Month: September 2013
Don’t Be Fooled-DIY Office Renos and Office Moves Can Add to Your Operational Expenses
Ok. So your business needs to undergo some form of physical change to remain competitive in its market –maybe an office “facelift” or maybe an expansion into a new office. Whatever your decision, you know you don’t want to incur too many additional expenses to have your office renovated or moved. You decide that you and your employees will be able to do the work on your own with little, if any, external help.
At first glance this might seem like a viable option. After all, your expenditures wouldn’t go to interior designers or consultants, and if moving, you may only need to rent a truck especially if your staff does all the packing. Big savings, right?
Wrong. You may not realize it, but DIY office renovations and office moves can actually add hidden costs to your operational expenses.
How? Glad you asked.
First, let’s consider the term “operational expenses”. By definition, operational expenses are “day-to-day expenses incurred in the normal course of business”1. In other words, operational expenses are the moneys spent to keep your business functioning each day, every day. This includes materials as well as labour costs. While DIY office renovations or moves may not have a direct affect on some operational expenses, they would have a direct effect on others. For this blog, let’s focus on the effect on labour.
According to Statistics Canada, the average hourly labour wage for in August 2013 is $23.86 per person2. Based on a 40-hour week, that translates into an operating expense of $954.40/person/week. Multiply that by the number of staff you have in your company and you have your weekly operational expense for the labour category. (For the sake of the chart below, let’s assume a staff of 150 people) You pay those staff to do particular jobs that propel the functioning of your company. Imagine taking those same staff and redirecting their attention to fulfill office renovation or move tasks. Your physical operational expense for labour will not change, but the time taken away from your staff to do the job(s) you originally hired them to do add at least one hidden cost—the cost of their jobs not getting done! This may lead to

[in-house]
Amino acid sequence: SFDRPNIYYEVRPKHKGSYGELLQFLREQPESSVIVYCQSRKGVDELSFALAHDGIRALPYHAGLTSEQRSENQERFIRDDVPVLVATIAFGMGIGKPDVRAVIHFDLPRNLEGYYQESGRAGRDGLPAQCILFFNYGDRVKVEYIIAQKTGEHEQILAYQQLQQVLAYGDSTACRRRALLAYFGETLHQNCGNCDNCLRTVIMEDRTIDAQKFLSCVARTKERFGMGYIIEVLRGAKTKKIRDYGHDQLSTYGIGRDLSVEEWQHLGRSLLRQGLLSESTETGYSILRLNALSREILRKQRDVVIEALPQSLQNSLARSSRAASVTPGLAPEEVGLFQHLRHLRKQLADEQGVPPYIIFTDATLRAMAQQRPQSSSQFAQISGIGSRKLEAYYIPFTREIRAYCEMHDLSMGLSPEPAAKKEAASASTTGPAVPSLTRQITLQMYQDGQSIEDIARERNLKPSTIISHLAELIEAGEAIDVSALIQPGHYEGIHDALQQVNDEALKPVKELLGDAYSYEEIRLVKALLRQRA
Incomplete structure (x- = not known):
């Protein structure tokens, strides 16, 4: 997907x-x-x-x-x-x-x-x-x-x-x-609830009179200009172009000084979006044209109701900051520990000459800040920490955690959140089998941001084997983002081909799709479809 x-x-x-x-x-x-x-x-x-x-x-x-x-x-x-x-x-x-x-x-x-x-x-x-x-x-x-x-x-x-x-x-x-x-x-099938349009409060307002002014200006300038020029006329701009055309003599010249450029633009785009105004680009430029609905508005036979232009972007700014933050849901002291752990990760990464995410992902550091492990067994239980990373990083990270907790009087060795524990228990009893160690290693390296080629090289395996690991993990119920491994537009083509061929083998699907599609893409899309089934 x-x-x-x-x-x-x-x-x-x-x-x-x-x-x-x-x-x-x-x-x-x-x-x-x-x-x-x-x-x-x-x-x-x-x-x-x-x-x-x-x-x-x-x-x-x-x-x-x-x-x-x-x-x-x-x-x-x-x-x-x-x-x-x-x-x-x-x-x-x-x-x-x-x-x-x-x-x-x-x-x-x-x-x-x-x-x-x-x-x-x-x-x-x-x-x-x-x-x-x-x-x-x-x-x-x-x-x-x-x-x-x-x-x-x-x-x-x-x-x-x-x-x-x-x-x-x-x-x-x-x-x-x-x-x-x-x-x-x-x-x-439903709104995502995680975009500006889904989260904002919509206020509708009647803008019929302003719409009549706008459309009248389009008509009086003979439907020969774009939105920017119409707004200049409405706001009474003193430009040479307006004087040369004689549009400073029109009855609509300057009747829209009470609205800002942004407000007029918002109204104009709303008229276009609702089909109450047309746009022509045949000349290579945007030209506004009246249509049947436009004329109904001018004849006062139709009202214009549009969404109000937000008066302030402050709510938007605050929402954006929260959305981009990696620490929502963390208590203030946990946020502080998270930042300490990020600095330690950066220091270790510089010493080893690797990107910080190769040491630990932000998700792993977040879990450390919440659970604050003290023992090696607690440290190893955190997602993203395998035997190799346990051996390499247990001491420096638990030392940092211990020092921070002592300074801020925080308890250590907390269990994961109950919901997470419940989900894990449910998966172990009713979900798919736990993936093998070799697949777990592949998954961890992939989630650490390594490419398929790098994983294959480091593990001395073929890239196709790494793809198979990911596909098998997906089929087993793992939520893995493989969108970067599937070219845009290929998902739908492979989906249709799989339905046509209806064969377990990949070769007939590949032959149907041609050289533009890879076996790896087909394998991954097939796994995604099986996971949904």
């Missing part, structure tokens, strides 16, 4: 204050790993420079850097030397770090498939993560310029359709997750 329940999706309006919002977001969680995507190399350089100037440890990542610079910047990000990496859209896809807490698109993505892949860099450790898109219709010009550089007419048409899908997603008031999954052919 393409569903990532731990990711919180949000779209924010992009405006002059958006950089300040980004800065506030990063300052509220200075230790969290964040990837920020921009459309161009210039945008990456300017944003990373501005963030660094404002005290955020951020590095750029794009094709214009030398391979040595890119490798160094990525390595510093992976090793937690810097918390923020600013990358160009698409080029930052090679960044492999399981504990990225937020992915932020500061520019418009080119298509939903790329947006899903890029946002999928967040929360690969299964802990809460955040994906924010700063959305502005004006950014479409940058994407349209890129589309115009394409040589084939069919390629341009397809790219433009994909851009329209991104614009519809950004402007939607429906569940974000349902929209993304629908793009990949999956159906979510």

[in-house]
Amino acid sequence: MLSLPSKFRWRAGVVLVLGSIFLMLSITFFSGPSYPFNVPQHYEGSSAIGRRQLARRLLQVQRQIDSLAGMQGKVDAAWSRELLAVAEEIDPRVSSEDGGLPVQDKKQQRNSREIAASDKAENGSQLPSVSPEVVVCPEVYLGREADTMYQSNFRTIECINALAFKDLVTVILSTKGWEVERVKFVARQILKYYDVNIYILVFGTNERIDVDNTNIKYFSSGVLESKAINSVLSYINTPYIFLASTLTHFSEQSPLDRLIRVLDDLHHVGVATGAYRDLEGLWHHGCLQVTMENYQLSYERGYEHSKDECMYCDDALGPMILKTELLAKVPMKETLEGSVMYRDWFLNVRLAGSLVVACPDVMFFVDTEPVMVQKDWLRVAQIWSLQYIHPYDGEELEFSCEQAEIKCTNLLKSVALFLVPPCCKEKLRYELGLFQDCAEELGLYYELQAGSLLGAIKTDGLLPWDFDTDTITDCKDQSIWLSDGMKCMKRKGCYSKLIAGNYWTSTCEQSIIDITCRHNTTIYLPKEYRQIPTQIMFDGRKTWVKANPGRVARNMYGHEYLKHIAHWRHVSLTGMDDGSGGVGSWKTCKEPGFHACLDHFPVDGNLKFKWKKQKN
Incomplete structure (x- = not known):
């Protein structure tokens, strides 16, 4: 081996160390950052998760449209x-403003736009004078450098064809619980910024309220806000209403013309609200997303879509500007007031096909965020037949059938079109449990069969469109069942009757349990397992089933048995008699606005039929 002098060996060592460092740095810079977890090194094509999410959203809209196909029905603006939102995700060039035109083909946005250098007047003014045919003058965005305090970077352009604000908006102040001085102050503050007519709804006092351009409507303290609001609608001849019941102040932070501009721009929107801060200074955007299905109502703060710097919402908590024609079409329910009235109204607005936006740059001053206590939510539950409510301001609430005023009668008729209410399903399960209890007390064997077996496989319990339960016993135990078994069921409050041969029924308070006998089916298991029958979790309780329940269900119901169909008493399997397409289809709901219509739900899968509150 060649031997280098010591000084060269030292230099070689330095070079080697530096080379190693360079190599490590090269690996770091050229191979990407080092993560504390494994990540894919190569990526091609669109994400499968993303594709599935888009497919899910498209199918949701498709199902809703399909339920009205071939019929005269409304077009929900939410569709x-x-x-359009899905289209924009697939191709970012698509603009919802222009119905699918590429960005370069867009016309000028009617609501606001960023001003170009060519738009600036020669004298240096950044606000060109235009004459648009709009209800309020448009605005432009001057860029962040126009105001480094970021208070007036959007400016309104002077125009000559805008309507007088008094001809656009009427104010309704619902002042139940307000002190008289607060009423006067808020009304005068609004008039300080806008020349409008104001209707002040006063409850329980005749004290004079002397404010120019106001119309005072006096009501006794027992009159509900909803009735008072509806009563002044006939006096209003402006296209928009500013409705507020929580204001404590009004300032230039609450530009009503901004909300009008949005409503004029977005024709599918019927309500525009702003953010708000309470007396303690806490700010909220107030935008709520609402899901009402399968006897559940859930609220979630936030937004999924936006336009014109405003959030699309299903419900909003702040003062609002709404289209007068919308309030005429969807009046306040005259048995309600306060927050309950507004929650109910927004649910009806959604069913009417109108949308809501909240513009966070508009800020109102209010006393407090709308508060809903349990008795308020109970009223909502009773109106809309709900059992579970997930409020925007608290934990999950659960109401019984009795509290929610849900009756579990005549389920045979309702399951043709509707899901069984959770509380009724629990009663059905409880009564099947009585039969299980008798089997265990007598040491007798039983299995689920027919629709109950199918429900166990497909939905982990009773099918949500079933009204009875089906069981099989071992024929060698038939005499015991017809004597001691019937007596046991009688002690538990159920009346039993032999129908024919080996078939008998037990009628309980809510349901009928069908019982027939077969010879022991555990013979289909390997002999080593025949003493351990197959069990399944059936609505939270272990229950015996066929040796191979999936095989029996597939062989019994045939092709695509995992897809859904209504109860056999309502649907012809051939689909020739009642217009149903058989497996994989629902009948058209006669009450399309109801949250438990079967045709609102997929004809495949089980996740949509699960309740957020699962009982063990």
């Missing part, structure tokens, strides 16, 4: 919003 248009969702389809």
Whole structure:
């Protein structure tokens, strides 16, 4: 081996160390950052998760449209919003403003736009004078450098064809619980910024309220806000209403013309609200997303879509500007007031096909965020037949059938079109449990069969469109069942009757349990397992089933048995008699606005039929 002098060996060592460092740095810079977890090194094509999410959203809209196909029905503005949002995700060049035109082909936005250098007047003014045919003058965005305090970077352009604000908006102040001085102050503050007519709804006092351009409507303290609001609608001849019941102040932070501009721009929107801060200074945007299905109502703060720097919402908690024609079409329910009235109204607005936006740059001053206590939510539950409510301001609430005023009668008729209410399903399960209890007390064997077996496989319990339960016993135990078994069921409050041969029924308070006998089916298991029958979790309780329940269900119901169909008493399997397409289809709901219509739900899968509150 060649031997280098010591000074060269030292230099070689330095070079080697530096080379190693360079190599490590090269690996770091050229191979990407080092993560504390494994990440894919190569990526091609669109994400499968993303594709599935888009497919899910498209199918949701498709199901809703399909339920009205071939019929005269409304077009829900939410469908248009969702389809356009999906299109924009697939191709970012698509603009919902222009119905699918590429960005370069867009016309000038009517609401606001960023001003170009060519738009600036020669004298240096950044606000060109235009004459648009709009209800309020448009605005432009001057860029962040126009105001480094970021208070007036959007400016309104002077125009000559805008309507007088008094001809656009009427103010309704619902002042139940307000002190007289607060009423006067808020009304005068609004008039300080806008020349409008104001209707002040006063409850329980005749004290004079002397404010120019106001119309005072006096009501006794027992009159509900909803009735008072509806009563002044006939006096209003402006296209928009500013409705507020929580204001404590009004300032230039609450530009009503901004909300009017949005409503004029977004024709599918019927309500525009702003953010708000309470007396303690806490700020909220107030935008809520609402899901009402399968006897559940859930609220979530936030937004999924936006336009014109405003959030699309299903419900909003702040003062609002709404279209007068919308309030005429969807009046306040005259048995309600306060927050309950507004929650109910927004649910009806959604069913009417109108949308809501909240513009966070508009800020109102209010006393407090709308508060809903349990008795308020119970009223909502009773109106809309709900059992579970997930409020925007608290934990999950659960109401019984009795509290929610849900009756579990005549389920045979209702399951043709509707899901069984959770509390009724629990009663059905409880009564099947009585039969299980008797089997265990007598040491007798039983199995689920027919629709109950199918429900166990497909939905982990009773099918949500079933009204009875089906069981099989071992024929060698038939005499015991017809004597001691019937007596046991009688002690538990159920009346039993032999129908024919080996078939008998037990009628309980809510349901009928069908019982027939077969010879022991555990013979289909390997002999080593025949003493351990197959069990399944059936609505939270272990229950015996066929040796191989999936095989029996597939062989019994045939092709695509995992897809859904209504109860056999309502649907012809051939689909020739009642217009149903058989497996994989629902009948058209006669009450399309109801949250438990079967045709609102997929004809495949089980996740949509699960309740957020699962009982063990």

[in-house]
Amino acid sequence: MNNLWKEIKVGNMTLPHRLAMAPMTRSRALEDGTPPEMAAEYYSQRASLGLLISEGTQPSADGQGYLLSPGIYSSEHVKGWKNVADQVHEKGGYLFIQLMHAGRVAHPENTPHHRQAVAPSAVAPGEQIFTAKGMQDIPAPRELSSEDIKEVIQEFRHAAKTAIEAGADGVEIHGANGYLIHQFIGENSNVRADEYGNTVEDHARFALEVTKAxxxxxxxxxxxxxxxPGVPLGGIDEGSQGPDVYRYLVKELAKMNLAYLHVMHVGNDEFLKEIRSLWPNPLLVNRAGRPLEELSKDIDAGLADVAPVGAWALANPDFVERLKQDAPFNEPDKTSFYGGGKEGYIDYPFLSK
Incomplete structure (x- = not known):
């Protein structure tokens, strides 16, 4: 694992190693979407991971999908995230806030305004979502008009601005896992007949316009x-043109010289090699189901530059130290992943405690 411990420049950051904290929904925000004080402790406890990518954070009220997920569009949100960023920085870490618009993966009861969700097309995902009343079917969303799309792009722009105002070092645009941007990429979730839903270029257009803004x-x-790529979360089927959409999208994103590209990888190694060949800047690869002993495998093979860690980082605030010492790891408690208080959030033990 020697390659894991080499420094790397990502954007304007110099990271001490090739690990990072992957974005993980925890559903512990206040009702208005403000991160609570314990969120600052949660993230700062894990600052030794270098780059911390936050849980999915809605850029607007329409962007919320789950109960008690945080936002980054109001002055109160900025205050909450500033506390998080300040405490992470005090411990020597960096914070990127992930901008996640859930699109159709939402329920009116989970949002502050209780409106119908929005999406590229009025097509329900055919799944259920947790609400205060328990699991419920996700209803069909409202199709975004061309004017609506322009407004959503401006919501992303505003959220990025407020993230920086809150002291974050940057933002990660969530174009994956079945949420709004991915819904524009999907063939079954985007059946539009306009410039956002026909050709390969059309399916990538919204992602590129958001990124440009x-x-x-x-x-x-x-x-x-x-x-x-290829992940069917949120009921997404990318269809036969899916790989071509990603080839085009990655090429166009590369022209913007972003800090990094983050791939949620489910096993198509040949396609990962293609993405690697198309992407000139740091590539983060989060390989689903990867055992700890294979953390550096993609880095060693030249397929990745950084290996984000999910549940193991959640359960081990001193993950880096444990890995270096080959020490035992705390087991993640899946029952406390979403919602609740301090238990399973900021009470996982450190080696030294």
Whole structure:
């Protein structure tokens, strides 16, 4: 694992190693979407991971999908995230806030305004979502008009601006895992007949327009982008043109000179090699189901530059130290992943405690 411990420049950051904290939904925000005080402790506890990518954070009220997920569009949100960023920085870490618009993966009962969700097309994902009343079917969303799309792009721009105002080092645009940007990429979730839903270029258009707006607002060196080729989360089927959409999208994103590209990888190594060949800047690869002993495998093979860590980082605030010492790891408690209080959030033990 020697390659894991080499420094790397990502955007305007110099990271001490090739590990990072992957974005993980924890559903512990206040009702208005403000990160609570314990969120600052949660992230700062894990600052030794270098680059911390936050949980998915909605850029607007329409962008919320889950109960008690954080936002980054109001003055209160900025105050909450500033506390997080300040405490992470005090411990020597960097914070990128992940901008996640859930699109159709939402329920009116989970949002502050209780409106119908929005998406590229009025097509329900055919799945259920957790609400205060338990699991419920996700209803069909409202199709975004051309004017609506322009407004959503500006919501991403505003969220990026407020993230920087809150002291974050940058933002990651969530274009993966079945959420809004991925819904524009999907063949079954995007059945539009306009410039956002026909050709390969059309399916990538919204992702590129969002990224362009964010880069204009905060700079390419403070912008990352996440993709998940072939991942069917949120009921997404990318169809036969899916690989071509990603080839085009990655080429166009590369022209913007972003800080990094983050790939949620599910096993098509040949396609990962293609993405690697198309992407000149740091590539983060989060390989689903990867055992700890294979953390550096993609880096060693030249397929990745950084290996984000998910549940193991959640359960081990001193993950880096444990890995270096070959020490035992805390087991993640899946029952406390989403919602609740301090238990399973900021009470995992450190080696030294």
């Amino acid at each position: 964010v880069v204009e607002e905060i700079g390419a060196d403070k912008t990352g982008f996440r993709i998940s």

- Your overall business operations being placed on hold
- Delays in production or project completion
- Missed business opportunities (new and recurring)
- Loss of business to your competition
- Increased risk of consumer or stakeholder dissatisfaction
- Overworked staff
Place a dollar value on each of the above and sum it up. You may find that the total hidden cost of DIY office renovation or move adds up to millions, maybe even billions of dollars—at least 10 times the cost of hiring a space planning and relocation specialist firm to do the full job for you.
So do your business a favour. Don’t risk adding hidden costs to your operational expenses in the face of an office renovation or move. Instead take time to contact a space planning and relocation specialist in your area and have them do the job. It will actually save you time and money.
1 Investing Answers Financial Dictionary, “Operating Expense”, http://www.investinganswers.com/financial-dictionary/financial-statement-analysis/operating-expense-2792
2 Statistics Canada, “Average hourly wages of employees by selected characteristics and occupation, unadjusted data, by province (monthly)”, http://www.statcan.gc.ca/tables-tableaux/sum-som/l01/cst01/labr69a-eng.htm